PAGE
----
I hope you like links, and lots of history. It’s been a bumper crop this week.
- The Radio Shack catalog from 1983. Including such gems as 156,672 characters of storage per $600 disk. For perspective, that’s about $4 per kilobyte. A randomly-picked SSD is about 0.000001 cent per kilobyte. Previously linked here: Radio Shack 2002. (via)
- Hey, O’Reilly has a comprehensive list of all their open-licensed book titles, for download. Found from a link to Unix Text Editing. I bet much of that book still applies, despite being from 1987. (indirectly via)
- The MOS 6502 and the Best Layout Guy in the World.
- Shady Characters Miscellany #20: On Typewriters. The ancestor of the TTY. It’s still just barely possible to buy a new typewriter. I worked for a printer cartridge remanufacturer for a few years; the highest-profit items were typewriter ribbons, because nobody else made them.
- The UNIX philosophy and a fear of pixels. I think the author’s conflating philosophy and style. (via)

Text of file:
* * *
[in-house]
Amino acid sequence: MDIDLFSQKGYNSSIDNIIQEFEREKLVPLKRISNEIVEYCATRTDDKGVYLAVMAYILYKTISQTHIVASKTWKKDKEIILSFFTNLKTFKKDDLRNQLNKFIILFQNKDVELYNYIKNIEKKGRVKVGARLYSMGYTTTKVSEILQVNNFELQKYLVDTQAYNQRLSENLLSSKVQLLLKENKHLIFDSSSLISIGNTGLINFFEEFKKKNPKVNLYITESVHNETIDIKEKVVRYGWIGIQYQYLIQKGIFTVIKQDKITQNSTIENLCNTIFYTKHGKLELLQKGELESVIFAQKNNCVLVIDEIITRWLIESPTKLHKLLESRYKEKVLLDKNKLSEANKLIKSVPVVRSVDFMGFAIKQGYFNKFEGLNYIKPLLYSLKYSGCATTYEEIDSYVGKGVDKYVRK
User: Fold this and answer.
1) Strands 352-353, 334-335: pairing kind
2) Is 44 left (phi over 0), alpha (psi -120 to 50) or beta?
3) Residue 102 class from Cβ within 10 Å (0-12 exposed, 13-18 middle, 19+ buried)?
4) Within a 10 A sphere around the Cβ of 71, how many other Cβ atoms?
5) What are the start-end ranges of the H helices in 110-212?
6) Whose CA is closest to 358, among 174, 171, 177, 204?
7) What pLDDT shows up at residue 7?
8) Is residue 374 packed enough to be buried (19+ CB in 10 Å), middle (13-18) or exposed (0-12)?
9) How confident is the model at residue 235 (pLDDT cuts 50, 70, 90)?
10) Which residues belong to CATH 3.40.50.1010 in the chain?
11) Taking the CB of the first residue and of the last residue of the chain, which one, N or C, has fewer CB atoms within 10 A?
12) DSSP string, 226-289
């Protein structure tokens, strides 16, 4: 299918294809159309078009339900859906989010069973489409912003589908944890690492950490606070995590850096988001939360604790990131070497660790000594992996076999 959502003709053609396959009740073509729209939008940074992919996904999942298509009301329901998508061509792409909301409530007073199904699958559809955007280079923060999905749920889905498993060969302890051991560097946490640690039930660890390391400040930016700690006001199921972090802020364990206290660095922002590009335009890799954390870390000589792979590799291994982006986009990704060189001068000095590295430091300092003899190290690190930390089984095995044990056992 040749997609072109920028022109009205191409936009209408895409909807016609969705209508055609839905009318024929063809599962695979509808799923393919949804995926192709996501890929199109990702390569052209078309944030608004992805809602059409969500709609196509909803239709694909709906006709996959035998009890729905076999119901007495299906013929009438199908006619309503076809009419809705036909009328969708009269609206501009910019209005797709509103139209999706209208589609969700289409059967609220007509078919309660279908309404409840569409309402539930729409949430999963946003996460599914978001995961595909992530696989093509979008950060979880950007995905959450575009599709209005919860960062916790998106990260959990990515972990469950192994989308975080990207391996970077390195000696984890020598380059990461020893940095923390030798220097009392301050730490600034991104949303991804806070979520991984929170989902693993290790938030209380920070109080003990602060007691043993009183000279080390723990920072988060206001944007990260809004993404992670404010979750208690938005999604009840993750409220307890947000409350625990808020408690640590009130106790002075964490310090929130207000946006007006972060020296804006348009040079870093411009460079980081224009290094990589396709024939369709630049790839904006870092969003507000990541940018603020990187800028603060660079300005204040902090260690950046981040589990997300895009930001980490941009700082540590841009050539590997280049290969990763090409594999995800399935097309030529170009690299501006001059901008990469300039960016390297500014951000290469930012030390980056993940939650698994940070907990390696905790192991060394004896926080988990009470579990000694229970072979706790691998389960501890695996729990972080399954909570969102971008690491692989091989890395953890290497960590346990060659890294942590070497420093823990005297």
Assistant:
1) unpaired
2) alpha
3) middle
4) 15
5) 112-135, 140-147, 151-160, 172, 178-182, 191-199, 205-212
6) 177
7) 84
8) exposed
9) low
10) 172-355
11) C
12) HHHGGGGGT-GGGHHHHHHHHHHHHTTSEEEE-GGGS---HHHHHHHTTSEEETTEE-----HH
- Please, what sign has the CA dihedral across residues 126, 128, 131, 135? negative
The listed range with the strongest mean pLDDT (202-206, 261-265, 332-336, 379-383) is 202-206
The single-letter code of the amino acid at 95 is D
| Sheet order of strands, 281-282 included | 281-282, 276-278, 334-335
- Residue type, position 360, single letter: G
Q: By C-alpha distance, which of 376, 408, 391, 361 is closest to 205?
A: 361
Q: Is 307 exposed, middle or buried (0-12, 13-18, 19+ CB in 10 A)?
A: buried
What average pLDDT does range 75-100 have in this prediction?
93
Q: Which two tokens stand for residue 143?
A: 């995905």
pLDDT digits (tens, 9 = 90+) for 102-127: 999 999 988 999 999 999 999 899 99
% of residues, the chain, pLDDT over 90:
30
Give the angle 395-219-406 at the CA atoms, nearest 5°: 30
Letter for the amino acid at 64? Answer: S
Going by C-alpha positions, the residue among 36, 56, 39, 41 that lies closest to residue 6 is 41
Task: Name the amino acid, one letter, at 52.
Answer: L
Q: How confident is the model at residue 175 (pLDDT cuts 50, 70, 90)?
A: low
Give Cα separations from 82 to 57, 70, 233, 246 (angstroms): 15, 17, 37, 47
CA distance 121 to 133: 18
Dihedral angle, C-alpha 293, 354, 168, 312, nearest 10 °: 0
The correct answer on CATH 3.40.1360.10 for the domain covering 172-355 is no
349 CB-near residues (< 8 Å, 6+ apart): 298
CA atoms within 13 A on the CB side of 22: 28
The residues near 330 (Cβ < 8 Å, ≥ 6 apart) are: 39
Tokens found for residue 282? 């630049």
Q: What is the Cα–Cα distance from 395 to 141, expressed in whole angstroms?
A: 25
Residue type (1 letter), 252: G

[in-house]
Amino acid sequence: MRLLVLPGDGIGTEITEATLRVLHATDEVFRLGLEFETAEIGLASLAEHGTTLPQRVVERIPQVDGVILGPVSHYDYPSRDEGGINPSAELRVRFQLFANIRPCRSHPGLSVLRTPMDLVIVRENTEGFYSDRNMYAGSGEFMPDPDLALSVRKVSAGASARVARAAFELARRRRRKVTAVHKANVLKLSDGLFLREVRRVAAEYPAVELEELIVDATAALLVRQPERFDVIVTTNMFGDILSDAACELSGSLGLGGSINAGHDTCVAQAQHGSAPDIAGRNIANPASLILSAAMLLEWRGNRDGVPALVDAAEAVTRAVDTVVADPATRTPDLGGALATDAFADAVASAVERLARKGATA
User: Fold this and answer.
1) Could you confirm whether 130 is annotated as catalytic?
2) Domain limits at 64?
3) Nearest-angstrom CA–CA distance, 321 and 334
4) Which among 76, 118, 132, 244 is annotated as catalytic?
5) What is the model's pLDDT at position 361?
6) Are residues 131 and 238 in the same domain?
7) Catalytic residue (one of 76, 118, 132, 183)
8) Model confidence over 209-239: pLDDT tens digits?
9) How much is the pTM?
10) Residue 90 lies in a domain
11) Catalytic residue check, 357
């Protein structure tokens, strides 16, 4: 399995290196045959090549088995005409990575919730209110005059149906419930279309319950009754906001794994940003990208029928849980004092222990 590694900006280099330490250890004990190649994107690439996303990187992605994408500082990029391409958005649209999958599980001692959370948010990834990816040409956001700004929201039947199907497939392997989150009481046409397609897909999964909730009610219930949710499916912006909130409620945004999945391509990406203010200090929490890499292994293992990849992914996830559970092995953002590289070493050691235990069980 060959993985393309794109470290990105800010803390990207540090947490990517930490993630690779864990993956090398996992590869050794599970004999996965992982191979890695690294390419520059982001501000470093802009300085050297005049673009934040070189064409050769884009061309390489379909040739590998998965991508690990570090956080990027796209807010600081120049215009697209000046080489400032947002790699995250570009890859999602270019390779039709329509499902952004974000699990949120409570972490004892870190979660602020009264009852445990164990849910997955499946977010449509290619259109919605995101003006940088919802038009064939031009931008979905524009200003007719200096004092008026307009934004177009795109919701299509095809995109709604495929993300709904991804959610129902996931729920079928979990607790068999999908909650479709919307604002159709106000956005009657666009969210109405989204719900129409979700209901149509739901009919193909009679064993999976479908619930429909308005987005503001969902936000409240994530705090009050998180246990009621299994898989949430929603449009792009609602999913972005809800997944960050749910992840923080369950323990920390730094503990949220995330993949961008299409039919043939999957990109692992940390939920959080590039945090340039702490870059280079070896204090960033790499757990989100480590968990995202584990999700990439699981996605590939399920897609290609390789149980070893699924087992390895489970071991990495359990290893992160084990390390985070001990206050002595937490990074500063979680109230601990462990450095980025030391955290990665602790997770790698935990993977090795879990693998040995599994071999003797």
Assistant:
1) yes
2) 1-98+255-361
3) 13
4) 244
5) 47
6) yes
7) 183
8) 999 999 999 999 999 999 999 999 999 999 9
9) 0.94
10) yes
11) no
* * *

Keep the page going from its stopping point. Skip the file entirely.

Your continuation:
- Bell Labs CSR Selected Technical Reports. (via) Warning: they’re all in Postscript. Includes Brian Kernighan’s “Why Pascal is Not My Favorite Programming Language“, and I’m linking there to a non-Postscript version to make your life a little easier.
- If the idea of non-standard hexadecimal breaks your brain a little bit, go a little bit farther and read The Story of Mel. I had to read the solution twice to get it.
- Nostalgia for the more open web of 10 years ago. It’s true, and also makes me feel sad. (via)
- Google60, Google via punchcard and printer. It’s more stylistic than literal, but still fun. (via)
- If you’re near San Francisco, a hackerspace there called Noisebridge wants more open source people – including BSD users – showing up.
Your unrelated link(s) of the week: Said the Gramophone and The New Shelton Wet/Dry. The first one’s a music blog, and the second’s more general. Both have a somewhat random feel with the images used – completely random in the New Shelton’s case. It’s interesting that there’s such a flood of text and images on the Internet that you can reassemble content out of all of it. You can’t push over a bookshelf and call it a library, but you can build a whole new narrative from random assembly of Internet data.